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Thursday, 2 April 1987
Page: 1995

Mrs KELLY —On behalf of the Joint Standing Committee on the Australian Capital Territory, I present the Committee's report on the proposals for the variation of the plan of the layout of the City of Canberra and its environs-the eighty-ninth series-together with the minutes of proceedings.

Ordered that the report be printed.

Mrs KELLY —by leave-The report I have just tabled deals with the eighty-ninth series of variations to the city plan. This special series of variations contains only one item, namely, the deletion from the city plan of Ainslie Avenue between City Walk and Bunda Street and minor additions to and deletions from the plan in Bunda Street, Ainslie Avenue, Akuna Street, Ballumbir Street and Petrie Street to provide further development by the Canberra Building Society of sections 38 and 53 and part section 56 for offices, retailing and car parking.

The variation proposes the degazettal of Ainslie Avenue between City Walk and Bunda Street to permit the development of an atrium to cover the space between the city's two major shopping malls, Monaro Mall and the retail complex proposed for section 38. The atrium will integrate these two malls into one large centre which will provide improved retail facilities for both local and regional shoppers as well as providing a focus for community entertainment and tourist activities. The National Capital Development Commission and the developers argued strongly that this development was of critical importance to the future growth of Civic as the dominant retail centre.

The proposed development scheme is based around three levels of retailing comprising two full scale department stores, a full scale supermarket, a discount department store and specialty shops and incorporates an office tower. There are also overhead pedestrian walkways and car parking areas. The total scheme involves a floor space of nearly 67,000 square metres of leasable floor area and is undoubtedly the largest private sector development ever in the Australian Capital Territory. The development of sec- tion 38 is part of a general proposal for retail development in Civic Centre which had been under consideration since the late 1950s and early 1960s. It is considered essential in terms of providing a compact intensive and lively shopping environment in a dominant city centre. The development conditions include the objectives that the development must ensure the early restoration of Civic as the premier retail centre in the region and that it must offer a variety of retail tenancies, including a major department store. This development will consolidate the commercial development in Civic, complement existing retail functions and add to activities outside normal shopping hours.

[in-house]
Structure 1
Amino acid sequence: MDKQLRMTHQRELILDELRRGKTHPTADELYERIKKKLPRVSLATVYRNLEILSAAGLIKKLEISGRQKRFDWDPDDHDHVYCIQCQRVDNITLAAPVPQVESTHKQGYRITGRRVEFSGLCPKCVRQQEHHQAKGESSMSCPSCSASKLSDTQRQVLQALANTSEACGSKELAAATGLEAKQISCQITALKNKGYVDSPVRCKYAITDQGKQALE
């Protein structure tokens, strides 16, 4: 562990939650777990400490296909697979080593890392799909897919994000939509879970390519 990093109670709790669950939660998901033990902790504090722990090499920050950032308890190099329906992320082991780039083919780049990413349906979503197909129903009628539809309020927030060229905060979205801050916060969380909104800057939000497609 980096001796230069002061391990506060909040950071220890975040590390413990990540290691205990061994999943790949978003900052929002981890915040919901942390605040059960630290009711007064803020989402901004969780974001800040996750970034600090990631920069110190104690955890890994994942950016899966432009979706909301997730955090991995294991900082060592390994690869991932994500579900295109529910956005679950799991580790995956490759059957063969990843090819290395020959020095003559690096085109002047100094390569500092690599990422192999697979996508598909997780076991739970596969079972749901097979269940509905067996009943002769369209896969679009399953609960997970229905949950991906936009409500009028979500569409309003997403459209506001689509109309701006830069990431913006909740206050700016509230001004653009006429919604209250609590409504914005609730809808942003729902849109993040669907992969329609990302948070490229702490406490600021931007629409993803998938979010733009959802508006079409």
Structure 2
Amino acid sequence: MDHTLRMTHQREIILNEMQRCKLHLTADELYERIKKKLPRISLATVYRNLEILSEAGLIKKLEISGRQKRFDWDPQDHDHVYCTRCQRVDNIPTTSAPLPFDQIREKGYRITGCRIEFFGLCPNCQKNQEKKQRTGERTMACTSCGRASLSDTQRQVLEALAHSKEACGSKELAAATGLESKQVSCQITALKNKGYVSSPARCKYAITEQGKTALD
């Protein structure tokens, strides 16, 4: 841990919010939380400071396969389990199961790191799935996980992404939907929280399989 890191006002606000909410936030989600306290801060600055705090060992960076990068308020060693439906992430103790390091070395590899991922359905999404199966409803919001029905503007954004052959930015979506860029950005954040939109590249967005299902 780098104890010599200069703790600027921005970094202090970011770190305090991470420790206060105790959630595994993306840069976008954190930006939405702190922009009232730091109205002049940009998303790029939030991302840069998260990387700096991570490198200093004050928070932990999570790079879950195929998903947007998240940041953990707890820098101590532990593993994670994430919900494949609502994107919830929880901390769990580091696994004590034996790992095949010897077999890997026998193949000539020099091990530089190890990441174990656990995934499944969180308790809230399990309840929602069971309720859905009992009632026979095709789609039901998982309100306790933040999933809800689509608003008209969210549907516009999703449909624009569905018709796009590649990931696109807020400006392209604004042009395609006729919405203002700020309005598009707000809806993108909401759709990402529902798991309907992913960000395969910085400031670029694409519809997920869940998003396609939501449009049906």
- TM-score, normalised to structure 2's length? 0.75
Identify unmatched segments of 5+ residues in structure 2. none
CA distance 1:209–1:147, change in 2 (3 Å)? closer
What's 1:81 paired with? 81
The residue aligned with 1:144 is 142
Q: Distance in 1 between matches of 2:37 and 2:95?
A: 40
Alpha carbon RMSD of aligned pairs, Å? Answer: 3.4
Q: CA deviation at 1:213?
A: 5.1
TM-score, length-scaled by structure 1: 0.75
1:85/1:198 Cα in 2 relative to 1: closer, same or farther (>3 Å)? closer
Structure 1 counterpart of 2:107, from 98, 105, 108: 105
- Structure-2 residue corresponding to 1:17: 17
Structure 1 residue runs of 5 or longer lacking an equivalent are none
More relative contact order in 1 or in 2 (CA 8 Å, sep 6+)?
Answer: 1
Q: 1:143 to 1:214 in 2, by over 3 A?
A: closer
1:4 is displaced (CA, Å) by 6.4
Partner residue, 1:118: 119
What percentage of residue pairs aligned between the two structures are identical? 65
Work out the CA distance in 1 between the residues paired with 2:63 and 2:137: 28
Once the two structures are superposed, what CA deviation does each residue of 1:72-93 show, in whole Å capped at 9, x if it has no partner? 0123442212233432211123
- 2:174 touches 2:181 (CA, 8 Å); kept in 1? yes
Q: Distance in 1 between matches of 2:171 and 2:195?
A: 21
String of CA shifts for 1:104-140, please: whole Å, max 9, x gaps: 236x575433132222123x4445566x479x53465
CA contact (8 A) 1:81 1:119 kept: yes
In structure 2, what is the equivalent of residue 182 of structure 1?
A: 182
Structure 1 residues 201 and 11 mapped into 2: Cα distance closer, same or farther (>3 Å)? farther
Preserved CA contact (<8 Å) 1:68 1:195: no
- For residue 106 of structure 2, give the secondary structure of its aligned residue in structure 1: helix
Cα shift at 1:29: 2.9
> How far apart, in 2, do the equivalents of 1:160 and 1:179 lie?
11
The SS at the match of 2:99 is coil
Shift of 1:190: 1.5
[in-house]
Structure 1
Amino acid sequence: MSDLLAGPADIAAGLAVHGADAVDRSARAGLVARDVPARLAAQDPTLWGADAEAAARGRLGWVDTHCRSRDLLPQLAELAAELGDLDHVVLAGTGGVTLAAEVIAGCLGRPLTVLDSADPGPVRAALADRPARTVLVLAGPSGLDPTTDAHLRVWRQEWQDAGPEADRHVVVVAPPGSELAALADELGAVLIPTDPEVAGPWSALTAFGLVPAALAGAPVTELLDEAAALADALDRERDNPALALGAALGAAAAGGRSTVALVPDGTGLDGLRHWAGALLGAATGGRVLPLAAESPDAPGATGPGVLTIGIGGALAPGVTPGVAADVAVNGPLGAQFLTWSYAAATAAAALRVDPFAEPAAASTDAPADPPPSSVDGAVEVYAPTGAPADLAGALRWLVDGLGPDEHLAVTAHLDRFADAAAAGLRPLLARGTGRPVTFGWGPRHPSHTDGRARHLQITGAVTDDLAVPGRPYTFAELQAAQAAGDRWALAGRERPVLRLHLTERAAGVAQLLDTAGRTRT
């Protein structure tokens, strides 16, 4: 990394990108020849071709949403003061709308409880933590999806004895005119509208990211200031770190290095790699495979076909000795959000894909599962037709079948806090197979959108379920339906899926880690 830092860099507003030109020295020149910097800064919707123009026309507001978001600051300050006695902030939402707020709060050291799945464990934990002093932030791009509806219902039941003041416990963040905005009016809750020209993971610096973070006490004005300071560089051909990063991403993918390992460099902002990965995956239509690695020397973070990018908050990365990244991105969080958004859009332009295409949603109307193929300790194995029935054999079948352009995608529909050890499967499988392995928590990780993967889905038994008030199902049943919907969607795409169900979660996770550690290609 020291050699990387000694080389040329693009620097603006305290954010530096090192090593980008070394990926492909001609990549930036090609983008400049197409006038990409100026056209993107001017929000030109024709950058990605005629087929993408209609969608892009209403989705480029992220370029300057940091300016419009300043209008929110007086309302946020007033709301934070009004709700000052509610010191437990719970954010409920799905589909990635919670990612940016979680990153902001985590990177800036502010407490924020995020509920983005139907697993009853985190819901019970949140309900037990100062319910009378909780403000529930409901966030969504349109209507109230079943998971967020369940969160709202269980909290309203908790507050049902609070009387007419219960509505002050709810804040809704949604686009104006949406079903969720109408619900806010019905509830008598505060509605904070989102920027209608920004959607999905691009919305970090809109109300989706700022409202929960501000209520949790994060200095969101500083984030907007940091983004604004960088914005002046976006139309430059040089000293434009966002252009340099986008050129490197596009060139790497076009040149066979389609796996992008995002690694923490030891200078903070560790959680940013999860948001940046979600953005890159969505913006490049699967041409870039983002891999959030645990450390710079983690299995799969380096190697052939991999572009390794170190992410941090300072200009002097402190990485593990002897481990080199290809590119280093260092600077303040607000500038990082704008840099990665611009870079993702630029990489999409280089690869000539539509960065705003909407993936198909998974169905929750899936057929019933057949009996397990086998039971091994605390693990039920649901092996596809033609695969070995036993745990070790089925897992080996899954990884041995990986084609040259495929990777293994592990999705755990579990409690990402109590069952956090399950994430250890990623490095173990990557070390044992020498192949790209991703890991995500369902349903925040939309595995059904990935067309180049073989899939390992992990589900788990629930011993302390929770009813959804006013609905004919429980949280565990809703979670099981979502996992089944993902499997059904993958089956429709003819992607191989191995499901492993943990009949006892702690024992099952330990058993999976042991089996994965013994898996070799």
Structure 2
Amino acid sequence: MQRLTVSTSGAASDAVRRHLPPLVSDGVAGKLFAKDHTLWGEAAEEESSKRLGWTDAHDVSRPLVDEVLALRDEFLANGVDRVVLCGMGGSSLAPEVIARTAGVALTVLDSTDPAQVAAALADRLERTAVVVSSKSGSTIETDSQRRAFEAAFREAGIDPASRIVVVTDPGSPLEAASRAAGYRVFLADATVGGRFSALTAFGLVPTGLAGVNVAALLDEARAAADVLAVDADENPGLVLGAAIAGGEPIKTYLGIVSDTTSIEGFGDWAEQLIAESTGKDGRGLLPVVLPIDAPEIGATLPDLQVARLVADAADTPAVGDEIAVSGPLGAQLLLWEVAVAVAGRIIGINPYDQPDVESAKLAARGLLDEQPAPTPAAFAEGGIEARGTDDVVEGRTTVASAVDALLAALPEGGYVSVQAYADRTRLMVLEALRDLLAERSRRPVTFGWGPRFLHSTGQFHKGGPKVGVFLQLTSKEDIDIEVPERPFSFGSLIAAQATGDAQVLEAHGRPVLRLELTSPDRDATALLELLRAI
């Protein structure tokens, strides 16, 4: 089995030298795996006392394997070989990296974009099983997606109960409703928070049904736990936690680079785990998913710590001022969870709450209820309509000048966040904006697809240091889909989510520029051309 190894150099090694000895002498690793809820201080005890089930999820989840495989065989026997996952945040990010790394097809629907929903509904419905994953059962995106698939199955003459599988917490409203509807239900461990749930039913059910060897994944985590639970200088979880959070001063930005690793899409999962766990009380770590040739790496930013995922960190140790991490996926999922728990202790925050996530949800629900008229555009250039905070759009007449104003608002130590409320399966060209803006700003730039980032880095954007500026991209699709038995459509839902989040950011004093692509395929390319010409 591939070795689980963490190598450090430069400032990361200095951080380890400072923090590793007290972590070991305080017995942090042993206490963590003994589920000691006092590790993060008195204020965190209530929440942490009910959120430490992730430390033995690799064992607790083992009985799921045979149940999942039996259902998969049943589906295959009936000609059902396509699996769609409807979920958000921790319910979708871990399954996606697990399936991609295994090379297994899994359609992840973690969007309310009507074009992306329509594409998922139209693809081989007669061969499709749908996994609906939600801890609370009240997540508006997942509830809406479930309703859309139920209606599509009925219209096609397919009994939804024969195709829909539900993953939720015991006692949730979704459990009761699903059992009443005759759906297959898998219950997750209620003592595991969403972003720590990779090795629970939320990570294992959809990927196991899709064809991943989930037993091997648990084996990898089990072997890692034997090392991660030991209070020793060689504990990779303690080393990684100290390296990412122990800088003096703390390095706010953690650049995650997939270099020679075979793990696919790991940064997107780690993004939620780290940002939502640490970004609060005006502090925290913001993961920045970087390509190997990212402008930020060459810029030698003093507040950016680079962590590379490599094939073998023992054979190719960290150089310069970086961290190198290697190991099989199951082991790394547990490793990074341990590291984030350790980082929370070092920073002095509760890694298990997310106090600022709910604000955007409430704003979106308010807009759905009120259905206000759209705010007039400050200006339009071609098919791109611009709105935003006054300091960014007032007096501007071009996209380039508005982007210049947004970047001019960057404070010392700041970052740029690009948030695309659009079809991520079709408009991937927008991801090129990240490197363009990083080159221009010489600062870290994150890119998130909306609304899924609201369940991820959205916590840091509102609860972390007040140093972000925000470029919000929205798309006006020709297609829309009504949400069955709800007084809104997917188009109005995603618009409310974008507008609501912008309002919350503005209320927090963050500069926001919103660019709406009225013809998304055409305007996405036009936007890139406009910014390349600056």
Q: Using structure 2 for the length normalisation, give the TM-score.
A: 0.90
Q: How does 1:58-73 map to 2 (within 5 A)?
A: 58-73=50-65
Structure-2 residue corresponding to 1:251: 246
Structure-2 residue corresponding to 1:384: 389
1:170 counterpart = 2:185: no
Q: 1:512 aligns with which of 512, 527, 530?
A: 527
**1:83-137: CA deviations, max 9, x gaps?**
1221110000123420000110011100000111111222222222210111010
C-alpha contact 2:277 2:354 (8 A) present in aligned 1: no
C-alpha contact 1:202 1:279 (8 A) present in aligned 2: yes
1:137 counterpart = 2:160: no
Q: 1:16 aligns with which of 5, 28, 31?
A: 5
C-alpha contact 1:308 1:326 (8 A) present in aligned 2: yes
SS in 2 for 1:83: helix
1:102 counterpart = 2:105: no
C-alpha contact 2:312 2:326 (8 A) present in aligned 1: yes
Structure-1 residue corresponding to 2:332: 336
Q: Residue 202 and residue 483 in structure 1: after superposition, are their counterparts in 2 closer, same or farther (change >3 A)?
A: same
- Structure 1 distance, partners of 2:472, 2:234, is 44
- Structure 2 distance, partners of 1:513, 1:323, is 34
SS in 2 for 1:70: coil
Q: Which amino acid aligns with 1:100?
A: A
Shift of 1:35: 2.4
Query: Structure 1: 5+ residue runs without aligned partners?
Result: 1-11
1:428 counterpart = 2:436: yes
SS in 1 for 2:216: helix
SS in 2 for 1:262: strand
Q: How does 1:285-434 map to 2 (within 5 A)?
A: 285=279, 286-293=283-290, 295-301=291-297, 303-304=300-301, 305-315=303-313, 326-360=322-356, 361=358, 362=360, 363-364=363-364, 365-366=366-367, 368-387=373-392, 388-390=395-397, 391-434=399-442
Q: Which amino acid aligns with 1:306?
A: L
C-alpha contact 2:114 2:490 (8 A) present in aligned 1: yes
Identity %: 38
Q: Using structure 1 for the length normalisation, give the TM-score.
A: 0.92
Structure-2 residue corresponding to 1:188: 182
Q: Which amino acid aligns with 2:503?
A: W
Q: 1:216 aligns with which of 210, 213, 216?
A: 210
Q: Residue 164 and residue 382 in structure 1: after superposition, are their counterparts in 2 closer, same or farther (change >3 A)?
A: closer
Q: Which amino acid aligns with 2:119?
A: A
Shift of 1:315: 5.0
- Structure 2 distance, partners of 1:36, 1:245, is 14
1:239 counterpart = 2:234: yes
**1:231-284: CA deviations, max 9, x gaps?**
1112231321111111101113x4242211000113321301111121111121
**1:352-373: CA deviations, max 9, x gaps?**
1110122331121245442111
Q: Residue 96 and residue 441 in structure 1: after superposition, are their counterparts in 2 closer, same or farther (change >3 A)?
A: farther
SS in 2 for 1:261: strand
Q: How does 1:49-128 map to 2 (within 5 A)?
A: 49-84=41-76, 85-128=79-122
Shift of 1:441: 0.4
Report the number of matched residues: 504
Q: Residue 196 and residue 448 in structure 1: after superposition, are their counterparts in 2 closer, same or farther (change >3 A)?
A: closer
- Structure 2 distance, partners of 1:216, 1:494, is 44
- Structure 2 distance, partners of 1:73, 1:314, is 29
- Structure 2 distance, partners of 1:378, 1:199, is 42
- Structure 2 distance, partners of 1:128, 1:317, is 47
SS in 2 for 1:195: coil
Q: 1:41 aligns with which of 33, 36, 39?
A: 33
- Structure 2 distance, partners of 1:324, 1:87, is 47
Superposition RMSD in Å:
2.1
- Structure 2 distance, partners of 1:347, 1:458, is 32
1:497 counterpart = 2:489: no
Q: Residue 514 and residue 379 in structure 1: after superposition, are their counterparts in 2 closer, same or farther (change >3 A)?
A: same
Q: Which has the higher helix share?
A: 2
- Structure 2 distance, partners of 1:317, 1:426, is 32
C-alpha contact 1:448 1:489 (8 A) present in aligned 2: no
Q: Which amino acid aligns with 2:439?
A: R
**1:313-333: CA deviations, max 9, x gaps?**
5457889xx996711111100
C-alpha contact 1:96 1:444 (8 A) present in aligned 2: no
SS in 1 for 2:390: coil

The Committee's investigations of this development promoted great interest and debate from residents of Canberra and business groups. Concern was voiced about the rate of development of Civic and anticipated employment levels and the impact this was having on not only Civic but also the whole of the metropolitan area. The Committee is concerned about the rate of development which has occurred in Civic in recent years and the number of building approvals which have been granted and recommends that an undertaking be made between the NCDC and the Department of Local Government and Administrative Services that no more government offices will be located in Civic Centre until the NCDC has concluded a thorough review of the Civic Centre policy plan and associated developments.

The Committee also examined the impact of releasing such a large amount of retail space in Civic simultaneously together with other developments that are coming on-stream in the next two years. It considers that initially there will be an oversupply of retail space with resulting problems in trading conditions for some retailers. This will be compounded, undoubtedly, by the completion of the Tuggeranong Town Centre and expansion of the Belconnen Mall. There will have to be a readjustment in trading patterns throughout the Australian Capital Territory. However, the question of supply of retail space should be determined by market forces. It is inevitable that some adjustments will have to be made and it is probable that there will be a reassessment of some present high rental charges in the market. We hope that occurs. The Committee does not think it has a role in providing assessments of the economic viability of such ventures, as these are a matter for private sector investment.